« Last Edit: August 19, 2013, 11:12:31 am by robrenz »

#### IanB

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##### Re: EEVblog #508 - Can You Test Battery Charge By Dropping It?
« Reply #43 on: August 19, 2013, 02:45:31 pm »
When alkaline batteries discharge the chemical reaction produces bubbles of gas (hydrogen) inside. The gas increases the internal pressure of the cell, blowing it up a bit like a bicycle tire. This gas pressure is also what forces liquid out through the seals when batteries leak.

There are chemicals in the cell designed to absorb the gas and turn it into water, but some gas bubbles are always going to remain, especially if the cell is fully discharged.

So the strongest possibility is that "bouncy cell" = "gassy cell".
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#### robrenz

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##### Re: EEVblog #508 - Can You Test Battery Charge By Dropping It?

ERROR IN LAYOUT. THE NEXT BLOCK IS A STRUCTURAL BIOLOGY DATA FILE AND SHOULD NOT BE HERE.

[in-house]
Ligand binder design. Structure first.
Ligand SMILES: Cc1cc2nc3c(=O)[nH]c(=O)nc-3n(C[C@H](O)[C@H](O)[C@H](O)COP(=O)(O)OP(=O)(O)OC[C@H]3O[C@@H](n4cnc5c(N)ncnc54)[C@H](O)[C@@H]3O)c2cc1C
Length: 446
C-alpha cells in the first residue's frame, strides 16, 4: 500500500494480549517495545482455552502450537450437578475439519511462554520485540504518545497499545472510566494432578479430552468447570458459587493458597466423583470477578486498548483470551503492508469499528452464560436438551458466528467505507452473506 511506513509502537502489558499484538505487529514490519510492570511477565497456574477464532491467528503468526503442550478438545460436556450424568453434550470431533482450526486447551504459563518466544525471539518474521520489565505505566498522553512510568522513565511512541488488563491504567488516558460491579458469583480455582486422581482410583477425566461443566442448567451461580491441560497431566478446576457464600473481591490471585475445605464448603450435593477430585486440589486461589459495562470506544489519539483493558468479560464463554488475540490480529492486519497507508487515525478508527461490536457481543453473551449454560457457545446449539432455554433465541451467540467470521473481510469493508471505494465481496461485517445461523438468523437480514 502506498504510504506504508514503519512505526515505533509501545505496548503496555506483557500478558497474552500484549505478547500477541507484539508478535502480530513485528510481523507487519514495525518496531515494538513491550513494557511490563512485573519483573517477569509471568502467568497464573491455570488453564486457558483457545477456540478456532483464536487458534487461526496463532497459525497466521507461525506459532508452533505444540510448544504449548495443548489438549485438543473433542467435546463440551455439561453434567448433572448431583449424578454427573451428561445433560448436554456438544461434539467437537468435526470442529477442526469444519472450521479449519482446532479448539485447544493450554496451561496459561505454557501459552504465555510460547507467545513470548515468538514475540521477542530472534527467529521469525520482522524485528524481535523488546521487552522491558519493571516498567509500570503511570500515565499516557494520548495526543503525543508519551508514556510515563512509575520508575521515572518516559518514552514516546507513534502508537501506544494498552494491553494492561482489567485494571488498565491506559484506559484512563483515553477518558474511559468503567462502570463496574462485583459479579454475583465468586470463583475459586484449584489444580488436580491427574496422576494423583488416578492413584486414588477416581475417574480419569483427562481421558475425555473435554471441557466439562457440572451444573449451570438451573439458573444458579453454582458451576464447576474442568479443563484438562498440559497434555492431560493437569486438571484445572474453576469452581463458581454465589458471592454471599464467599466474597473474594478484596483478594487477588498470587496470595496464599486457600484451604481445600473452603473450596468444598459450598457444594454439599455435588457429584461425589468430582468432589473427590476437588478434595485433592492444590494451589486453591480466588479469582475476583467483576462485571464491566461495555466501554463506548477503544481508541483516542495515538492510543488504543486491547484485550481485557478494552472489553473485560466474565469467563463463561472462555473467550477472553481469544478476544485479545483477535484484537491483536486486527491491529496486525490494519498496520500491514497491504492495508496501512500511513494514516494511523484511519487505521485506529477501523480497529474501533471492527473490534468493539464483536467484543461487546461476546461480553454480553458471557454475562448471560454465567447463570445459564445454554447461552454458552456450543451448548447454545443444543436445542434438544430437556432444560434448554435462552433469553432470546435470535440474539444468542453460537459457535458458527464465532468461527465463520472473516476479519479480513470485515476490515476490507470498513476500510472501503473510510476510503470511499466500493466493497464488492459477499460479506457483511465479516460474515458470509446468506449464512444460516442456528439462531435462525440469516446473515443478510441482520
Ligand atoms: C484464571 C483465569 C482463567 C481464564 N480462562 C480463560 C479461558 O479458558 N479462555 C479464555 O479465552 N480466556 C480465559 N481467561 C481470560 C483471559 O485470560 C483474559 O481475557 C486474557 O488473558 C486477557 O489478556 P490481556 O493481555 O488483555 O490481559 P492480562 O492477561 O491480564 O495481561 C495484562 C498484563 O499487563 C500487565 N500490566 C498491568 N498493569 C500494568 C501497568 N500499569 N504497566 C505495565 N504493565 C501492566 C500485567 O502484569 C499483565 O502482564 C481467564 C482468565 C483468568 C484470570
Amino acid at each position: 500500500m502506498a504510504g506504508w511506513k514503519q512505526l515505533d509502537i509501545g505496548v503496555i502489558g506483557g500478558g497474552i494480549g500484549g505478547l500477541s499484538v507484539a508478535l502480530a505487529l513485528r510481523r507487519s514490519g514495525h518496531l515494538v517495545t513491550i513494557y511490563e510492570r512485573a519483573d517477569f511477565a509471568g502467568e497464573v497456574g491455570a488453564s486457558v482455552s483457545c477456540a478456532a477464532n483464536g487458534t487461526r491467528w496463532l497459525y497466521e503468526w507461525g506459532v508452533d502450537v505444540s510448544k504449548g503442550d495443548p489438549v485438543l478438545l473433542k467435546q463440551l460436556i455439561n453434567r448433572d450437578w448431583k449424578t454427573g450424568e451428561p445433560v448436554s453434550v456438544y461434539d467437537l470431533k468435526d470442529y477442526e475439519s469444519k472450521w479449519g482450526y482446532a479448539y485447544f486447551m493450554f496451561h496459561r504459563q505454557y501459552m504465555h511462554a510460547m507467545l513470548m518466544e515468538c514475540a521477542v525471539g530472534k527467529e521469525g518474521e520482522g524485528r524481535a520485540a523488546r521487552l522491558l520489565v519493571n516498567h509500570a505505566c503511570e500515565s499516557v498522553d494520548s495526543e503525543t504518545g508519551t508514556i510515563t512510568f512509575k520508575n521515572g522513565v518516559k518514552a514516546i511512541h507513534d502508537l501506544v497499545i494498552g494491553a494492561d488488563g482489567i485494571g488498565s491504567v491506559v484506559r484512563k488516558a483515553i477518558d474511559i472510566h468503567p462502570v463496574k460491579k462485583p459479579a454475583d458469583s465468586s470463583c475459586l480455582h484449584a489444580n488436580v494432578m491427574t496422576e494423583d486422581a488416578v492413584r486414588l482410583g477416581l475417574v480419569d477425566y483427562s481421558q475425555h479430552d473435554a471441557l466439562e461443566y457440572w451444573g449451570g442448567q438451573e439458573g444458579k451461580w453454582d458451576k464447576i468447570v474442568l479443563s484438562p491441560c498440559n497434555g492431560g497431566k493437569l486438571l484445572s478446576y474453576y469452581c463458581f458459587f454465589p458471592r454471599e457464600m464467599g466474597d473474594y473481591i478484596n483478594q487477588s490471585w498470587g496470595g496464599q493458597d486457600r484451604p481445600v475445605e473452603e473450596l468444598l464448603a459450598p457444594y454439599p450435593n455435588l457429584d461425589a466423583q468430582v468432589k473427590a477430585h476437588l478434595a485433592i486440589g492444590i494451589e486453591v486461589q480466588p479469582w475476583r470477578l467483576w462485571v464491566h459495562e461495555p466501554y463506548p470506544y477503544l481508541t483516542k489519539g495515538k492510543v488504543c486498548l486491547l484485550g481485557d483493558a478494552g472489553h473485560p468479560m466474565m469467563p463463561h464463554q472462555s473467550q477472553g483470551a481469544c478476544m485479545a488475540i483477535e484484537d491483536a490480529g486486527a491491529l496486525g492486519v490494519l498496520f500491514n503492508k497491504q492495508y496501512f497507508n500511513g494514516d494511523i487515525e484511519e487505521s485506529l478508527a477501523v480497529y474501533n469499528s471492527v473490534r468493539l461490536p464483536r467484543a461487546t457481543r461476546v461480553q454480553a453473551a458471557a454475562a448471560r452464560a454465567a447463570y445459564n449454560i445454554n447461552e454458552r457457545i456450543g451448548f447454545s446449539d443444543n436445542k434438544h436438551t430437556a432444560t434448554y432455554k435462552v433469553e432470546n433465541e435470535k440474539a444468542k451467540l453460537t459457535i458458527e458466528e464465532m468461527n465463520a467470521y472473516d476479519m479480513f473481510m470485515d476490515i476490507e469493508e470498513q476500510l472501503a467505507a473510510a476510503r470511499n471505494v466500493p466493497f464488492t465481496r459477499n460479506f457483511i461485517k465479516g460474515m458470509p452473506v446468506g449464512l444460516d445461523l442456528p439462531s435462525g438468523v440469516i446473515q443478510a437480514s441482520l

« Reply #44 on: August 19, 2013, 03:35:46 pm »
So we can determine that by drilling a small hole in the edge of a depleted cell to relieve the gas pressure and retest. If same bounce as fresh cell then pressure is it. If same bounce as before more mechanical.
« Last Edit: August 19, 2013, 03:56:50 pm by robrenz »

#### c4757p

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##### Re: EEVblog #508 - Can You Test Battery Charge By Dropping It?
« Reply #45 on: August 19, 2013, 03:52:45 pm »